Length: Male 0.5 inch to 1.5 inches, Female 1 to 2.5 inches
Physical Characteristics: Elongated bodies, many color variations, named for their tail color; females larger with a grayish overall color and a green, blue, or olive tint; elongated body, appearing flattened from the back
07 of 11
These striking bottom-dwelling fish are from South and East Asia. Although these fish are not often seen in pet shops, individuals can be found for sale from time to time. Not all of them prefer cool temperatures, but most will tolerate temperatures that fall into the mid to upper 60's Fahrenheit.
Length: Up to 3 inches
Physical Characteristics: Both black and yellow, spotted along the head and back; long stripes along the sides; flattened top to bottom; wide and round pectoral and pelvic fins, ventral sucker
08 of 11
Like the zebra danio, the pearl danio (Danio albolineatus) is very hardy and easy to care for. It will tolerate temperatures into the mid-60's without difficulty and is easy to find. Pearls are larger than zebras, but they need not be kept in schools. They hail from Sumatra and Thailand.
Length: 2 inches
Physical Characteristics: Forked tail, paired barbels, pearlescent colorContinue to 9 of 11 below.
09 of 11
Readily available, the weather loach (Misgurnus angullicaudatus) or Pond Loach from East Asia is one of the easiest fish to care for. Couple that with the fact that they will tolerate temperatures in the 50's, they are excellent candidates for a cold water tank. This fish becomes more active when the barometer drops before a storm, hence the name.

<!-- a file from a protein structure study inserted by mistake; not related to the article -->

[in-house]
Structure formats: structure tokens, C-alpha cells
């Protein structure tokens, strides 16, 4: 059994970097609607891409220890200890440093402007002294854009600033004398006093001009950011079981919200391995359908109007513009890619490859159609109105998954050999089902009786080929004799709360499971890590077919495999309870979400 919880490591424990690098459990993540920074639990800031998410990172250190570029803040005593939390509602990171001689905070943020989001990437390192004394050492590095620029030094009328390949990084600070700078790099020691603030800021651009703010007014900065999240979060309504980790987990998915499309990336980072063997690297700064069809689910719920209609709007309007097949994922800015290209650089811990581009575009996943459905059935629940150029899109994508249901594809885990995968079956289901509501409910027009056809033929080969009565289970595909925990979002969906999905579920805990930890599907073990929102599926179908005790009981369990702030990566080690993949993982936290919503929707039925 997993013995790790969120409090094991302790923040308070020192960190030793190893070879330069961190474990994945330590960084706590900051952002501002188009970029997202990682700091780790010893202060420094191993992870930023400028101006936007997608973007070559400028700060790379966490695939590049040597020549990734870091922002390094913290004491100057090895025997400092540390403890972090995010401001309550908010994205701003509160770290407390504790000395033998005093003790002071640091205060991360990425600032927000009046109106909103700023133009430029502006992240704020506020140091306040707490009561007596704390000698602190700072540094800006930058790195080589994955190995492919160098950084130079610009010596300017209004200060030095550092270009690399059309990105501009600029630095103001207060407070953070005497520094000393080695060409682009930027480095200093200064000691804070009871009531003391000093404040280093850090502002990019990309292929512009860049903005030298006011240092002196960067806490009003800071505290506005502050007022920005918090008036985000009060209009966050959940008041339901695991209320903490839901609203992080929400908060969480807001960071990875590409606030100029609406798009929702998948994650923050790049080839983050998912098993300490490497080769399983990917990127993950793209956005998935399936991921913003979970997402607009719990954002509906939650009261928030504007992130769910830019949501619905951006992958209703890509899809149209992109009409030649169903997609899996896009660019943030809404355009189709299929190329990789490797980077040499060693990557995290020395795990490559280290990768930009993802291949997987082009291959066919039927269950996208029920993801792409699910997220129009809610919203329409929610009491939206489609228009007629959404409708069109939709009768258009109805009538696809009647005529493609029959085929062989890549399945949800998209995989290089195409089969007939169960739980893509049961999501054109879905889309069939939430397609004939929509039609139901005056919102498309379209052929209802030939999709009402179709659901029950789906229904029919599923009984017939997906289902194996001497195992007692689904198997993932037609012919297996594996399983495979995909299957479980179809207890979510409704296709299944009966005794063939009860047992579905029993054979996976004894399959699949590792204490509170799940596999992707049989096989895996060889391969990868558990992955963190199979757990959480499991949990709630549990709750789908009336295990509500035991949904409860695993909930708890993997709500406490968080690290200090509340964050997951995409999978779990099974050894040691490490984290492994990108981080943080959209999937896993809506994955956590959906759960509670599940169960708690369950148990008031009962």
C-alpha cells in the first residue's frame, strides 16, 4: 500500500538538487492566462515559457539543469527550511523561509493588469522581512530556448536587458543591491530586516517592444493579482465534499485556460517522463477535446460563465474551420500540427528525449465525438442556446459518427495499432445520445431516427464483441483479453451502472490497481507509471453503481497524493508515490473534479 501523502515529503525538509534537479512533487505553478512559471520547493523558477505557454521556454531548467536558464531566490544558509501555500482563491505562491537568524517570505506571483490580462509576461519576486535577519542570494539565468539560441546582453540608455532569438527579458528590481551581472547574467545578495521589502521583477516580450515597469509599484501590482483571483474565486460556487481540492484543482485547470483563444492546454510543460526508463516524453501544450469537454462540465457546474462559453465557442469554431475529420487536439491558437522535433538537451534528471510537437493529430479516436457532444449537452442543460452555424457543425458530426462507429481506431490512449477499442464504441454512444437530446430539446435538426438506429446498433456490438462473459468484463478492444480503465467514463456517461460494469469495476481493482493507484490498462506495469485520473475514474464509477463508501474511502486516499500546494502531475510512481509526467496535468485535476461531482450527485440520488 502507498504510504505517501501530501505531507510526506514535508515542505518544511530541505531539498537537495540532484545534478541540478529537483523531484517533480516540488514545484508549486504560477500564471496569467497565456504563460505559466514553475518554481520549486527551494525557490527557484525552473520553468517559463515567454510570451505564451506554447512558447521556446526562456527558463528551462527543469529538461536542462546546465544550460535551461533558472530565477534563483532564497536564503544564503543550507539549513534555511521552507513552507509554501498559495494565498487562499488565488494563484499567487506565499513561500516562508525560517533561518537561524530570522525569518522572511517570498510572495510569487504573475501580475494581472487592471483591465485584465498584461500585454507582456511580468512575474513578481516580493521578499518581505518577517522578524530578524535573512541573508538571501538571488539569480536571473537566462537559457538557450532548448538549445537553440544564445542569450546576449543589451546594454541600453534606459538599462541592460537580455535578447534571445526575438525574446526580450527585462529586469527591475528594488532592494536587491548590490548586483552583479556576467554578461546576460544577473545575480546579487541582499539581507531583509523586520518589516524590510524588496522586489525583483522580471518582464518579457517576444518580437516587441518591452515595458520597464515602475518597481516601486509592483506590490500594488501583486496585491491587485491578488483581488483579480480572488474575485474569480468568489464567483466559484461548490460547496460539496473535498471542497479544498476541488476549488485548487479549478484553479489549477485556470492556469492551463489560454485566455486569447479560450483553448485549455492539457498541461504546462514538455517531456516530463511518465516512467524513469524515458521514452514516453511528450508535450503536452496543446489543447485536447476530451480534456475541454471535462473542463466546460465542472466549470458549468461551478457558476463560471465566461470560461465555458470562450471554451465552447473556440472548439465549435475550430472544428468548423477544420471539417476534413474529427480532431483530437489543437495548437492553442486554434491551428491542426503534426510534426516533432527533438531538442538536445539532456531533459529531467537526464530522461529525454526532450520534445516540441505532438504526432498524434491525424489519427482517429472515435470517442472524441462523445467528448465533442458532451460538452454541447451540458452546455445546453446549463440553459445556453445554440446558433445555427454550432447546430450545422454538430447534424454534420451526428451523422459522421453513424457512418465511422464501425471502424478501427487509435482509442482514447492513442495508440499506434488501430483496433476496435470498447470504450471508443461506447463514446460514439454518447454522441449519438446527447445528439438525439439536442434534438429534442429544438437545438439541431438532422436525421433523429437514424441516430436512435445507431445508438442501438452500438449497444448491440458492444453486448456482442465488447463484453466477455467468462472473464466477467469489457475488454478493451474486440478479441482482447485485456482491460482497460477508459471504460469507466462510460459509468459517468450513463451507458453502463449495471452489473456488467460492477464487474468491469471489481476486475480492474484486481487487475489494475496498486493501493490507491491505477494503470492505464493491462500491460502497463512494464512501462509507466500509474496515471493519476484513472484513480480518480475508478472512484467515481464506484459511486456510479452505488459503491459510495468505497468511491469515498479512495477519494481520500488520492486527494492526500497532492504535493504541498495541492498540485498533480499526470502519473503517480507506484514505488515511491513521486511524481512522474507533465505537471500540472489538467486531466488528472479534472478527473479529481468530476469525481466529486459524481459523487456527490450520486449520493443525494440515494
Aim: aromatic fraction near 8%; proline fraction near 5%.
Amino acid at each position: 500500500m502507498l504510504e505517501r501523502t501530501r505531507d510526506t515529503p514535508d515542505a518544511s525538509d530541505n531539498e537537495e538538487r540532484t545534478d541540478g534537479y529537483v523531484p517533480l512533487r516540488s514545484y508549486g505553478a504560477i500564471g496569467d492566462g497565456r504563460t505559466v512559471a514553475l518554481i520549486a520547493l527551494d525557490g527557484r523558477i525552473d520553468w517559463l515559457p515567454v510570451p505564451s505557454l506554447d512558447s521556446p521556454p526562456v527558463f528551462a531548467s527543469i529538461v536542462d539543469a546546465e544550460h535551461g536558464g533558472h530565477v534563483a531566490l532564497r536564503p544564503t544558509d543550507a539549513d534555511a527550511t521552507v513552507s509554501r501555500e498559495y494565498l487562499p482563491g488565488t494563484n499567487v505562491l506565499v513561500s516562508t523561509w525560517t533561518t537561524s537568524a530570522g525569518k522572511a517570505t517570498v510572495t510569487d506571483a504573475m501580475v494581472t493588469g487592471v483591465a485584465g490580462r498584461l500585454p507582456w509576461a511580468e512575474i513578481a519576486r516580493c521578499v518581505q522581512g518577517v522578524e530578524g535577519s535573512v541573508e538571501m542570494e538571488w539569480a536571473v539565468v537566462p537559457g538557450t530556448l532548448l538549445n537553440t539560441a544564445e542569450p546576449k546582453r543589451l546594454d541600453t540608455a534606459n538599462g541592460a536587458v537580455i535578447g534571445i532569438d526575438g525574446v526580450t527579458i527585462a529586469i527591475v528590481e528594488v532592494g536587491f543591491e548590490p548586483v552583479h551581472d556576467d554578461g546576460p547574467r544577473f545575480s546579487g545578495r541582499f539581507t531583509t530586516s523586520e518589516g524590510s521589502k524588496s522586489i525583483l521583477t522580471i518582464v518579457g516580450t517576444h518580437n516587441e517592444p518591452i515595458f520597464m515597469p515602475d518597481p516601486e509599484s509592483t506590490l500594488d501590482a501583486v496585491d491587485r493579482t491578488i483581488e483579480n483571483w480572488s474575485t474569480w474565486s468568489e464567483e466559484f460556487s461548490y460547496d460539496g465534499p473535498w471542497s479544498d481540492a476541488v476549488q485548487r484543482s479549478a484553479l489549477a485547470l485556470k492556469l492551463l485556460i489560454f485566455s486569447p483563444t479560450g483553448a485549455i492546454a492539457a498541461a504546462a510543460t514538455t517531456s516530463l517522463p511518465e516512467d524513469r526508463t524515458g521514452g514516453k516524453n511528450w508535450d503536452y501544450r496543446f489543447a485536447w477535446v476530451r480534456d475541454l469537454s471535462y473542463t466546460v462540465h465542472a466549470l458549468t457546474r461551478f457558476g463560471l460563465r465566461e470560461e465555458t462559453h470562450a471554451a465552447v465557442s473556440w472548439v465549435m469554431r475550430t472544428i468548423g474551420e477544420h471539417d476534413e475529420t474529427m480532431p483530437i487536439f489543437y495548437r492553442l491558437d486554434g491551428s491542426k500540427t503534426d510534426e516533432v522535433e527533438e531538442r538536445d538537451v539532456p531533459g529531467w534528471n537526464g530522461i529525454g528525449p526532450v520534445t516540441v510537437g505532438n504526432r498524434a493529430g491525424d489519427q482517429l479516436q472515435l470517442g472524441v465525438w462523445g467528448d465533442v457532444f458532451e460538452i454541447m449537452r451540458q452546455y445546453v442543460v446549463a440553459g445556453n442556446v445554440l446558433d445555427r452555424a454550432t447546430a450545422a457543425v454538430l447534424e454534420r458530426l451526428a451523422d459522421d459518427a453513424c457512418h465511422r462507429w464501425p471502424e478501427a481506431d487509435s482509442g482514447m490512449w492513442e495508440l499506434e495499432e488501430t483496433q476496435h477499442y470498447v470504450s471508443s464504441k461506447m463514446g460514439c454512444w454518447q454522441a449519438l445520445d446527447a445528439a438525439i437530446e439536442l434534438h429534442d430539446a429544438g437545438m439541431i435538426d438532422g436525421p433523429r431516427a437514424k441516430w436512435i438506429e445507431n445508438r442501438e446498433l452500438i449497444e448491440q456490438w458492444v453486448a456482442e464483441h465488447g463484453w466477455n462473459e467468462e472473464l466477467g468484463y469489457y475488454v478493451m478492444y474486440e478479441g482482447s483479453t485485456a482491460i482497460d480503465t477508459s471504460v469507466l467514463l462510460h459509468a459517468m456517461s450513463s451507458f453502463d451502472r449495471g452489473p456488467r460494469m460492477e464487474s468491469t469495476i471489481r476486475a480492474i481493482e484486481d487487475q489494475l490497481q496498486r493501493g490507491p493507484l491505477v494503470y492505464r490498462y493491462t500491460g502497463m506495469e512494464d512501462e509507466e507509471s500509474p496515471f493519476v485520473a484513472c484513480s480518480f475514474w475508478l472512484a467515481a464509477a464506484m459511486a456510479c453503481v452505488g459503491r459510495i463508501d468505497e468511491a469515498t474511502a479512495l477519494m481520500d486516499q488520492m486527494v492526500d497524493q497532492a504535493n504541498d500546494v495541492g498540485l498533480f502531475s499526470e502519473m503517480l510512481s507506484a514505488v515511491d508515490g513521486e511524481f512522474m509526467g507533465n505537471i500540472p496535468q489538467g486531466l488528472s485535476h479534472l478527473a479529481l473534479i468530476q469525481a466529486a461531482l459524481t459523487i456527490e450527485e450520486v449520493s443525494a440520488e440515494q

Length: 5 to 8 inches
Physical Characteristics: Pink, albino, or gray body; elongated shape like an eel; 3 sets of barbels surrounding the mouth, appearing like a mop
10 of 11
White Cloud Mountain Minnow
Almost extinct in its native China due to pollution, this is one of the easiest fish to care for. The white cloud minnow (Tanichtys albonubes) does best in cooler temperatures. A new gold-colored variant has become very popular, although very low temperatures will dampen their attractive coloration.
Length: 1.5 inches
Physical Characteristics: Silver green, rosy pink, or gold body with red caudal and dorsal fin; brighter colors, slimmer in body, fan-shaped dorsal and anal fins (male); white distended abdomen, wedge-shaped fins (female)
11 of 11
Outside of the goldfish and the guppy, the zebra danio (Brachydanio rerio) is the most readily available of all the cold-water fish. Native to South Asia, they tolerate temps that fall into the mid-60's and are very easy to care for. Long-finned species are available, as well as a popular leopard-spotted variety.
Length: 0.5 to 1.5 inches
Physical Characteristics: Five uniform horizontal blue stripes extending to caudal fin; laterally compressed shape, with the mouth directed upward; torpedo-shaped with gold stripes between the blue (male); whitish belly with silver stripes between the blue (female)
Avoid the one species known as the Wimple, the Freshwater Batfish, or the Chinese High-Fin Banded Shark, referencing its high triangle-shaped dorsal fin rear of
Anal Fin. At a deceiving eight inches in the first year, this cute little fish (not a shark) quickly grows to four and a half feet long. Hence it is not appropriate for most aquaria.